This column gives you an inside look at an advisor’s scheduling process, and provides tips on how to better manage your practice.
Andrew M. Suthern, CIM, CFP, CFA, FCSI
Senior investment advisor at IPC Securities Corporation. He works out of offices in Calgary and Winnipeg.
Number of households: 300
Client type: In Manitoba, professionals between the ages of 50 and 65 who earn upwards of $100,000 per year. Their average portfolio size is $500,000. In Calgary, people who work in the oil and gas sector. They’re between the ages of 50 and 65, they earn upwards of $200,000 annually, and their average portfolio size is $1 million.
Client communication: Suthern primarily emails and phones clients, though he also mails statements if people prefer.
Secrets to success: Advisors should recognize they can’t be everything to everyone, he says. As he’s grown his book, he’s segmented clients, delegated tasks and incorporated automation. He’s also open to hiring extra staff.
Suthern divided his book into five categories. The two upper tiers are AA—longtime clients with full financial plans who’ve offered referrals, and AB—people with complete plans who’ve transferred most of their assets.
He connects with these clients by calling or sending newsletters monthly, and reviews portfolios with them quarterly. At that time, he sends investment updates with personal notes. For other clients, he usually connects annually for reviews.
These meetings, which run an hour, are always booked on Tuesdays, Wednesdays and Thursdays between 10am and 3pm. This gives him Mondays, Fridays, as well as the end of each day to complete additional tasks. If meetings run long, follow ups can be scheduled to make sure all questions and concerns are addressed.
Many clients prefer to meet at the same time each year, says Suthern. People with no preference are “slotted into months were we have fewer client meetings.”
Determining and keeping track of a client’s risk tolerance is challenging. With a new client, he first figures out how much she needs to earn and save to achieve her goals through detailed discussions rather than just through questionnaires.
Throughout this process, Suthern determines her true risk tolerance by detailing how volatility can help produce her desired returns. He also talks about the possible downsides of taking on portfolio risk using specific examples. This way, she’s knows what range of returns to expect over time, and will be prepared for short-term losses.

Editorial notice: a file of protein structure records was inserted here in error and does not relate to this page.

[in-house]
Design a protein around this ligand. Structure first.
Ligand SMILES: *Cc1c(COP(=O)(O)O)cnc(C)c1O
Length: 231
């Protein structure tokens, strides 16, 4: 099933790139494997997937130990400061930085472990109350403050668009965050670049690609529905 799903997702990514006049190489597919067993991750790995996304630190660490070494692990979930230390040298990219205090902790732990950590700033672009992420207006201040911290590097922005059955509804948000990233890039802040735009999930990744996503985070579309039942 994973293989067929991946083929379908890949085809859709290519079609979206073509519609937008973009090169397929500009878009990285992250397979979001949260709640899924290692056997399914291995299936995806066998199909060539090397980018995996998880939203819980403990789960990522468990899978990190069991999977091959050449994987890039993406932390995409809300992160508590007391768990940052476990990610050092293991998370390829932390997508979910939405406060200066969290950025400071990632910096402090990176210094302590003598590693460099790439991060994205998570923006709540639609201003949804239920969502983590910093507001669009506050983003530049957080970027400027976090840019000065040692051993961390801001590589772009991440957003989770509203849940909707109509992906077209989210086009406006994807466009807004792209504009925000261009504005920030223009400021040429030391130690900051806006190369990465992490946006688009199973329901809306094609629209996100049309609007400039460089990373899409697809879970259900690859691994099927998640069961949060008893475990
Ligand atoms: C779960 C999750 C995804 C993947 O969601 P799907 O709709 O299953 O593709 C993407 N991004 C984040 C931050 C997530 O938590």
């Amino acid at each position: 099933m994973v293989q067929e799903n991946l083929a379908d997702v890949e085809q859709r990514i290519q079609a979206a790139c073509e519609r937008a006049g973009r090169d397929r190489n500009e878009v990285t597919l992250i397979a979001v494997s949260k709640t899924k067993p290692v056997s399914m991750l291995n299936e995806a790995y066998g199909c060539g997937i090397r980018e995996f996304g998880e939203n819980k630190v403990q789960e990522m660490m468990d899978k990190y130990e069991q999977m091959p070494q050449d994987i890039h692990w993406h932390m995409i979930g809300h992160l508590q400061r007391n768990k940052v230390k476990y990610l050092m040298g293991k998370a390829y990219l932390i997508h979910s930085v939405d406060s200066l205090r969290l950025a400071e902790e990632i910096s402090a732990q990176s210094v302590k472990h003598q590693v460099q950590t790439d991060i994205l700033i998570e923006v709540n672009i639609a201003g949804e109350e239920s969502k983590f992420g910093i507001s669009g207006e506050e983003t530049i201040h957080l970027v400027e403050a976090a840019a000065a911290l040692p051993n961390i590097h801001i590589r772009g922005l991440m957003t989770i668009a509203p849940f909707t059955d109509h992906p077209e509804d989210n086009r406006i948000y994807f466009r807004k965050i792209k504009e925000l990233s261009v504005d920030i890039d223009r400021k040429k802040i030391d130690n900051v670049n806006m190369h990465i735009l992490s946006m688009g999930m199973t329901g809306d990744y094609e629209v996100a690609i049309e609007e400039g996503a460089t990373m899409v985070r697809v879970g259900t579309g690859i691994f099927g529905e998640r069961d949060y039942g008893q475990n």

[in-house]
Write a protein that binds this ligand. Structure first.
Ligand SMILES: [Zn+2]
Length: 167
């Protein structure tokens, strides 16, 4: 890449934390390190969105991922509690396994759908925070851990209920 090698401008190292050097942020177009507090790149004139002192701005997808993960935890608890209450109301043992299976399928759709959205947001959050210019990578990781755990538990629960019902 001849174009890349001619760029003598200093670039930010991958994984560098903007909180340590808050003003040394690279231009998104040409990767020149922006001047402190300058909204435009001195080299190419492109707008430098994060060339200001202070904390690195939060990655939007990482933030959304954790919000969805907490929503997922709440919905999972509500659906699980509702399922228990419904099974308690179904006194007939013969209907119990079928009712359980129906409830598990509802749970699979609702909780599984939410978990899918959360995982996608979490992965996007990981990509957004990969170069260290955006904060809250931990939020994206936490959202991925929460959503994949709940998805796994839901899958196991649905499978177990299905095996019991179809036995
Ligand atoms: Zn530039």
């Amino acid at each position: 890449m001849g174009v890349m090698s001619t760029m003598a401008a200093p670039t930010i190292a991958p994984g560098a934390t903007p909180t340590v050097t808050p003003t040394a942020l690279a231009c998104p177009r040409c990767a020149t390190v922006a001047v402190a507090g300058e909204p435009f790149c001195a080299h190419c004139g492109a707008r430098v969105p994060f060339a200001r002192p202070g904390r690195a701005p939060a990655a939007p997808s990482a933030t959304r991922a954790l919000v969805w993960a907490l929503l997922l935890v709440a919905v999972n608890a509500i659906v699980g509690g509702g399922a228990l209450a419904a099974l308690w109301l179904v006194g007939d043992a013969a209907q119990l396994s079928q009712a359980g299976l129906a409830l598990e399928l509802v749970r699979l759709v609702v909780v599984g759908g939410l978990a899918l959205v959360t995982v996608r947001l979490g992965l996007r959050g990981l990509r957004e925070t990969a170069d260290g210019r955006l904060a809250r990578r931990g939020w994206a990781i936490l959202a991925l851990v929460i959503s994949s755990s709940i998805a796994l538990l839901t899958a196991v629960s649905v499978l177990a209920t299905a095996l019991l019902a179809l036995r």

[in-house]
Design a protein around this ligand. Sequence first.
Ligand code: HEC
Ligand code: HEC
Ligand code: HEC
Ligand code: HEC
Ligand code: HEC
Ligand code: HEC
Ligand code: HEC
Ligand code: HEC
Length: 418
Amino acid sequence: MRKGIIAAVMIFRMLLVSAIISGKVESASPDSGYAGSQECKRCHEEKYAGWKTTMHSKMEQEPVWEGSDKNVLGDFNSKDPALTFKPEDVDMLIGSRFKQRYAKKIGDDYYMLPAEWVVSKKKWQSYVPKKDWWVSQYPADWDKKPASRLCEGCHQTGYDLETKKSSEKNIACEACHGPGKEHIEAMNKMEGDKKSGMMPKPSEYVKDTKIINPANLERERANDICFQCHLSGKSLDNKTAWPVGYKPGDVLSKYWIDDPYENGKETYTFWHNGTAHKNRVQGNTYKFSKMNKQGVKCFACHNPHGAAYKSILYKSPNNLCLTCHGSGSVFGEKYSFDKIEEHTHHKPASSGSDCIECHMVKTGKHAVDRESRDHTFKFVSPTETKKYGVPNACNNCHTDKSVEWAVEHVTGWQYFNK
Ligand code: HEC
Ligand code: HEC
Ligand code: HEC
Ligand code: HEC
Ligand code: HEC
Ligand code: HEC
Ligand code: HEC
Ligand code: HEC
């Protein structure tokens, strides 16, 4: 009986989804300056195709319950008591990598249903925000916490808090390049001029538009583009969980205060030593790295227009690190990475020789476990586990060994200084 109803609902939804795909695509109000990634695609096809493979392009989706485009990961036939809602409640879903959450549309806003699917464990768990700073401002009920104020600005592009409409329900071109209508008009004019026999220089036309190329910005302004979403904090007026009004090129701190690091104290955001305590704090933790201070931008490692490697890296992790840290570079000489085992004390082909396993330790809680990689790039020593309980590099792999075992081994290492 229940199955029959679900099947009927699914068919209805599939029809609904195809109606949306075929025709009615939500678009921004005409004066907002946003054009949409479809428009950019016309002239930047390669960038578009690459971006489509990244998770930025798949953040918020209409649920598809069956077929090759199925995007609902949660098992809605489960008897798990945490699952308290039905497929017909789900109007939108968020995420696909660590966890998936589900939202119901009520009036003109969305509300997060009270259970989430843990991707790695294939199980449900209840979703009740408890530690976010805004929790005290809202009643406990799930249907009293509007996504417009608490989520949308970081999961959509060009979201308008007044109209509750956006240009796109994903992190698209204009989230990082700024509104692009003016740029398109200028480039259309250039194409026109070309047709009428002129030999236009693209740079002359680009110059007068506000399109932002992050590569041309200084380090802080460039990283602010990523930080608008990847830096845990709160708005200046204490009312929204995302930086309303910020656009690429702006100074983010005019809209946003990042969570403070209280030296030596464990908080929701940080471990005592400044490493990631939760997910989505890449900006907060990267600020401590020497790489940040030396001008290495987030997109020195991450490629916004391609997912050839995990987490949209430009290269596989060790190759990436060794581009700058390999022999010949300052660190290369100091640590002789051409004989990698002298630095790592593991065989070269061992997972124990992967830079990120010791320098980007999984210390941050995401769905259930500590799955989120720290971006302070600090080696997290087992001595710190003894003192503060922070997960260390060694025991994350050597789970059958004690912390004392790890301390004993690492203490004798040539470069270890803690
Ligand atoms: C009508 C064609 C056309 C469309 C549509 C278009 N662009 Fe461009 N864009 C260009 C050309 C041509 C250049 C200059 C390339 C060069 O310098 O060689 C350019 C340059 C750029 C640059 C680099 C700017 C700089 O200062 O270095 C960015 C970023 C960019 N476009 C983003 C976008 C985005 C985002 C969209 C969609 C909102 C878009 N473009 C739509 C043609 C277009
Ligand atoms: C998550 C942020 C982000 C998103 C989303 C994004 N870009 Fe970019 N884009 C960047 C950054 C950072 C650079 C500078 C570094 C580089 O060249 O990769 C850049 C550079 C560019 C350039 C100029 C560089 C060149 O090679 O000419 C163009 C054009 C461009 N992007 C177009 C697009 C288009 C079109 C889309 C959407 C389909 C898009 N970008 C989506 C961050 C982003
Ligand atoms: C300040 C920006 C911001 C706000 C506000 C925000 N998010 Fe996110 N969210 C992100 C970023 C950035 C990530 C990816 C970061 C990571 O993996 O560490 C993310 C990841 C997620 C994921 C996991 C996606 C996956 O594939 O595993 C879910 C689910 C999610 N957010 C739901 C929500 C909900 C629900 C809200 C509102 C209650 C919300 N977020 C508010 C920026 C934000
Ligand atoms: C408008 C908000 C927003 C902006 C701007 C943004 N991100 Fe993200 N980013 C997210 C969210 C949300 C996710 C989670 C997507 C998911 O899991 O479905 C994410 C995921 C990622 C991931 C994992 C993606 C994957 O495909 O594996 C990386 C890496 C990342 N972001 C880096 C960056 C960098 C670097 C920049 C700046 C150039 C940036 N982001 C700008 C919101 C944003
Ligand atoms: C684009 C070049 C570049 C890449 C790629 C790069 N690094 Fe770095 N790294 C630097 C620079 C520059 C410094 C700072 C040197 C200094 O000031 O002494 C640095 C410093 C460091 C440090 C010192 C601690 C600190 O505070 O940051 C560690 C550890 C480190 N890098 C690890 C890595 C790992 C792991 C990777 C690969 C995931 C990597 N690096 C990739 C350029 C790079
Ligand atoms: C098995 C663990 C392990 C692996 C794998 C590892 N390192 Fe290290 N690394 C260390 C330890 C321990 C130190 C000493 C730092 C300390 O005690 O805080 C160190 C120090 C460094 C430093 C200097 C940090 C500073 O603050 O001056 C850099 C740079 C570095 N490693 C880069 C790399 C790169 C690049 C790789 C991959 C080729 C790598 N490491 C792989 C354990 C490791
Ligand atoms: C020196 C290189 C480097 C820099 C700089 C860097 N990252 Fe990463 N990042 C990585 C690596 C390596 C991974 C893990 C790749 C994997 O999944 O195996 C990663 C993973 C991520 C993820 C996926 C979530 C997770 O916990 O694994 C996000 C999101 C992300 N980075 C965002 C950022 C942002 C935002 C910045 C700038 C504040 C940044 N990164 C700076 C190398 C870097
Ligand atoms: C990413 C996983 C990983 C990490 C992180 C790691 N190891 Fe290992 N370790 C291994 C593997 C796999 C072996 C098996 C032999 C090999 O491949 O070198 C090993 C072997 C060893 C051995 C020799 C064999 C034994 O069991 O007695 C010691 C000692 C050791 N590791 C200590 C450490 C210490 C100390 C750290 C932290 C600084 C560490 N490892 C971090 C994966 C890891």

If clients can’t handle volatility and are uncomfortable with risk, he helps them rethink their goals. Communication is key, says Suthern, so he works closely with people to determine their true risk tolerances.
While doing this, he also goes over asset allocation questionnaires—only when clients are comfortable with their financial plans and return projections does he complete account and KYC paperwork.
What if: A client’s email is hacked?
This year, Suthern received an email from his client. The message included a request to withdraw $20,000 from the client’s RRSP.
He started the withdrawal process since the client then provided confidential account information. He became concerned, however, when she claimed she couldn’t call to confirm the transfer since she was travelling. Suthern knew something was amiss so he called his client. She was at home, and knew nothing of the withdrawal request.
That’s when Suthern found out her email had been hacked.
Luckily he hadn’t transferred funds. Still, he says clearing up the situation took a week of his time. He sent all email communication to his branch manager and compliance department. As well, he had to transfer her money into new accounts.
As a result, his partner had to take over some of his responsibilities and his assistant had to reschedule some appointments.
The scary part, he adds, is the imposter had studied his client’s writing style. The person also knew Suthern was her advisor and he often handled withdrawal requests from the client. Since then, he’s taken extra precautionary steps when handling even small client requests.